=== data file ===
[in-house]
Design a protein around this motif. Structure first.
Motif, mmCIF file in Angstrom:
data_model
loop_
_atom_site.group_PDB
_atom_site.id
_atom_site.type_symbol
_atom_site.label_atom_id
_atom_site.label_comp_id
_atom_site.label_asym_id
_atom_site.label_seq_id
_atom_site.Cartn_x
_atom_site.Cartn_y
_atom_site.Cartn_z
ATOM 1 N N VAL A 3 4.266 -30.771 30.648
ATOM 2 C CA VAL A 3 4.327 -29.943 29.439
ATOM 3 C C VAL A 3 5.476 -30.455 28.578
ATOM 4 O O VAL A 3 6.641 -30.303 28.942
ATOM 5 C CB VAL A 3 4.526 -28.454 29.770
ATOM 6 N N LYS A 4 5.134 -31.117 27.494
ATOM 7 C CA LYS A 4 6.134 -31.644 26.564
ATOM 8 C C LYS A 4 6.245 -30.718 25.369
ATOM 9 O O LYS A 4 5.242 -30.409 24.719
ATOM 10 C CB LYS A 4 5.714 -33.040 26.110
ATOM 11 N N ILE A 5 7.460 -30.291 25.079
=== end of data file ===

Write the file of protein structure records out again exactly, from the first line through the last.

[in-house]
Design a protein around this motif. Structure first.
Motif, mmCIF file in Angstrom:
data_model
loop_
_atom_site.group_PDB
_atom_site.id
_atom_site.type_symbol
_atom_site.label_atom_id
_atom_site.label_comp_id
_atom_site.label_asym_id
_atom_site.label_seq_id
_atom_site.Cartn_x
_atom_site.Cartn_y
_atom_site.Cartn_z
ATOM 1 N N VAL A 3 4.266 -30.771 30.648
ATOM 2 C CA VAL A 3 4.327 -29.943 29.439
ATOM 3 C C VAL A 3 5.476 -30.455 28.578
ATOM 4 O O VAL A 3 6.641 -30.303 28.942
ATOM 5 C CB VAL A 3 4.526 -28.454 29.770
ATOM 6 N N LYS A 4 5.134 -31.117 27.494
ATOM 7 C CA LYS A 4 6.134 -31.644 26.564
ATOM 8 C C LYS A 4 6.245 -30.718 25.369
ATOM 9 O O LYS A 4 5.242 -30.409 24.719
ATOM 10 C CB LYS A 4 5.714 -33.040 26.110
ATOM 11 N N ILE A 5 7.460 -30.291 25.079